Self-masturbatory MBA disrupters

Ha! Great article.

I had much the same thoughts on “exit strategy” culture.

That was great. And depressing.

I felt the same. Hell, I’ve used some of the products. And I know how well this idea is doing as I hear NEW versions of this being advertised all the time.

Examples:
Skura sponges: https://www.skurastyle.com/home
Quip toothbrushes: https://www.getquip.com/
Madison Reed hair color: https://www.madison-reed.com/
Harrys Razors: https://www.harrys.com/en/us

Etc, etc.

All products you can go down the street and buy, all products that focus on different things for the consumer but highlight internet ordering, quick delivery to your door, or easy repeat purchasing.

There’s nothing fancy here. It’s a product we already have availability to dressed up in a newfangled way. Hell, all of us should have jumped into the market for something like this at some point.

If anything, the carbon footprint of constant delivery is even bigger.

Buying things that last just seems to be out of style these days.

Also:

DRM needs to be banned if used for the purposes of supply lock in.

I tried to buy one of those old school Merkul (?) razors that aren’t disposable, with the disposable double-sided blades. Man alive, that thing fillets my face. I had to go back to whatever version of the 6 blade (or whatever) Gillette disposable razor is out there.

Don’t buy GE fridges

I read how to hack this. It shouldn’t be okay but the solution isn’t actually that difficult with just a little YouTube magic.

you have to buy their $25+ cartridge in order to even permit it to dispense “unfiltered” water and then hack it by cutting it out and taping it to the inside of the fridge or each new generic one you get?

Yep, and then you get your cheap filters for as long as you keep that fridge. It’s stupid, and shouldn’t have to do it, but GE has some pretty good features for the price.

And you are sticking it to them because they’re counting on that cartridge on going revenue and instead you give them a whole lot of nothing.

Merkur.

And you might have chosen the very sharpest brand of blade when another might perhaps have been better for your particular face. Try a variety pack of blades and find the best for you. The definitely aren’t all the same.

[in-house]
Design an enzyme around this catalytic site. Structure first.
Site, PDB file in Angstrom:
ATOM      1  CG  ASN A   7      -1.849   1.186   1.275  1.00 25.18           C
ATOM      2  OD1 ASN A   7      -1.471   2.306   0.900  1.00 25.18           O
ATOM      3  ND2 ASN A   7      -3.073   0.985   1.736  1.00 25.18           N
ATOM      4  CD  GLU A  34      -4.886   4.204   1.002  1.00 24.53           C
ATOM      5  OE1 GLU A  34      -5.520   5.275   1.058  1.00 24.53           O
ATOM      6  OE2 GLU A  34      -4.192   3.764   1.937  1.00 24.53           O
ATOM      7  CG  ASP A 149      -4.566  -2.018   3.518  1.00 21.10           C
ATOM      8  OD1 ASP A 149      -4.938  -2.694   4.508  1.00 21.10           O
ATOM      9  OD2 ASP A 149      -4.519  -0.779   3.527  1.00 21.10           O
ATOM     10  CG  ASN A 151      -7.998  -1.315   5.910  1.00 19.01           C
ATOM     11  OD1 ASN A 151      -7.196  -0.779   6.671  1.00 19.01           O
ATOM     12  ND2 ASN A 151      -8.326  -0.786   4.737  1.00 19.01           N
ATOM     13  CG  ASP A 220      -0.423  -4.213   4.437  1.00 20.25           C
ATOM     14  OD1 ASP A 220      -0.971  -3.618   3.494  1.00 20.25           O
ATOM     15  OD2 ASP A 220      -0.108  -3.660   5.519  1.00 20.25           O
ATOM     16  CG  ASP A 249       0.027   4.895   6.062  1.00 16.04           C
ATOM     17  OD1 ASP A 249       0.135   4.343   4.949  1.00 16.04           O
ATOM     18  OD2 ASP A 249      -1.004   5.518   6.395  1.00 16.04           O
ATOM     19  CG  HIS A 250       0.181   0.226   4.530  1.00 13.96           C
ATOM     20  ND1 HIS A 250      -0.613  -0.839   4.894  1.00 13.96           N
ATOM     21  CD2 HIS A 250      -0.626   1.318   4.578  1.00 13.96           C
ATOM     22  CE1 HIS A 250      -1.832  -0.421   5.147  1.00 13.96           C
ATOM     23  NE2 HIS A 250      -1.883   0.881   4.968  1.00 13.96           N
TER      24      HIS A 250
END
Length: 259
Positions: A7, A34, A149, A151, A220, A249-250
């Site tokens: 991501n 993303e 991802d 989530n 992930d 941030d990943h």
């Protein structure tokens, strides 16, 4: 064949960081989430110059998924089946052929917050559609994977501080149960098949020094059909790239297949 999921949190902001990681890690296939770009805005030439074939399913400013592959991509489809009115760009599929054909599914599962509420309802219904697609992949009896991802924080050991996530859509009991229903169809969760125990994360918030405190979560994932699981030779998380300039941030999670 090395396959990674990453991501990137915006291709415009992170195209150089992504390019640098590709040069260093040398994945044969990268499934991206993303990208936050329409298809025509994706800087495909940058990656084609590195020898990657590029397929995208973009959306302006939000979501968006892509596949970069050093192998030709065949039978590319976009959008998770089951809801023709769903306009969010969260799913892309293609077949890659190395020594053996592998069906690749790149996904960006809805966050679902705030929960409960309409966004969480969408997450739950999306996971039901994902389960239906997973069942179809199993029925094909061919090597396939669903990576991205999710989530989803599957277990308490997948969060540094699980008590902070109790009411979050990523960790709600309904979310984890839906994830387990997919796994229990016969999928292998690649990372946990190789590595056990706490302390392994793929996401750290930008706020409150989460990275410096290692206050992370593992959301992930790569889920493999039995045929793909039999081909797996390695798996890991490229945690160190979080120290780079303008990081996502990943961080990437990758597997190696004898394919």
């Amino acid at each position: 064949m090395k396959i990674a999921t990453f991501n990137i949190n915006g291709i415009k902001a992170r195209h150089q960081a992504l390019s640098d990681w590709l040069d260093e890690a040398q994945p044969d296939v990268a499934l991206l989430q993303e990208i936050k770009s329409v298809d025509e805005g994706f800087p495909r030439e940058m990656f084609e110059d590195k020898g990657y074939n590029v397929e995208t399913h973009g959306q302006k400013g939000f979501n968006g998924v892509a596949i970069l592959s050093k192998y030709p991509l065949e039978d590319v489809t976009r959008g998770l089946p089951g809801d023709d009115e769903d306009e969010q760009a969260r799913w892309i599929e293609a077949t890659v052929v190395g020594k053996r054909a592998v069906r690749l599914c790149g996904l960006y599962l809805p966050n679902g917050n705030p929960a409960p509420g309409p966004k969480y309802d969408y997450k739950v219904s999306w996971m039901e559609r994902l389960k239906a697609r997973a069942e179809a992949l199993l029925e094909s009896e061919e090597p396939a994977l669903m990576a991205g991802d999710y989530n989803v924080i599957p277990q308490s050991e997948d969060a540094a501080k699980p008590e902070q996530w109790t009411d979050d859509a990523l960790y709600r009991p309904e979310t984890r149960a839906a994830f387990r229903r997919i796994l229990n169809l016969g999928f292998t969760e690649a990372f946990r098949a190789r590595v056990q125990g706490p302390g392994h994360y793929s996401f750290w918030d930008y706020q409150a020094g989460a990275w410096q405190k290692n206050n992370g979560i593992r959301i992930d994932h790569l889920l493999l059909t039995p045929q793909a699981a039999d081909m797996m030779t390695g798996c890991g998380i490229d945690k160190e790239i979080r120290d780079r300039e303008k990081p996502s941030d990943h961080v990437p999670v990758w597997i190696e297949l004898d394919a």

Diego

I use a Merkur with Personna blades, and I can easily go six weeks or more without having to swap them out without issue. Three years on, and I’m still on my first $12 box of blades.

The thing with Dollar Shave Club was that you could and can still buy Dorco razors cheaper elsewhere or from Dorco.

I’m going to pick on one of those above that I mentioned:
Quip toothbrushes

$45 for the base toothbrush plus $5 per quarter for refill+battery. So, $60 a year for a vibrating toothbrush give or take.

And yet, 2 x 2-packs of Oral-B vibrating toothbrushes at $5.67 per 2 is $11.34 a year plus shipping, or free shipping if you’re a Prime member.

Am I to believe that the magic that the Quip does is just that good? With 2 million sold, some people surely do. Me? Probably not.

But the gross profit there, not too shabby. Something tells me we’re all in the wrong jobs.

‘Be well groomed and get stuck by lightning’… yeah, sounds about right.

That doesn’t mean one shouldn’t try, but Shiva almighty it’s not like business for good and corporate social responsibility are in opposition to the bottom line.

Its not so much a new thing, but its certainly getting more prominent. My wife has long hair. I used to go through a vacuum cleaner a year as the long hair would . Then I researched and purchased a commercial-grade vacuum cleaner (by Royal). It was much better constructed, and was designed to be repaired (and had available spare parts). This was probably 15yrs ago, and the vacuum is still going great. Then maybe 3 years ago I got a roomba. Just like the commercial vacuum, it was designed to be maintained and repaired. My washer/dryer are similar "commercial-grade items…they do not have all the fancy sensors, they just work.

In a similar way I used to travel alot for work. I had previously purchased luggage from wherever, and they would last a year or two and then break. I then researched and found RedOxx luggage. They are not for everyone, but they have a lifetime warranty and are very well built. This was 10yrs ago, and those bags have been all around the world with me.

I’ve also dealt with printers that force you to refill at specific points and force you to use their refills. I simply do not buy those models, unless there is a hack. So not so different than the auto-refill trend.

I as a consumer have rejected this long-term disposable trend as wasteful and try to research most of my products as “durable goods” as possible. I find myself far more satisfied with these products.

People are able to make their toothbrushes last 3 months?! Mine only last 2 weeks before the bristles are flat and I’m sanding my teeth instead of brushing them.

My Sonicare is 2-3 months. I get my refills from Costco which is also where I usually pick up the brush.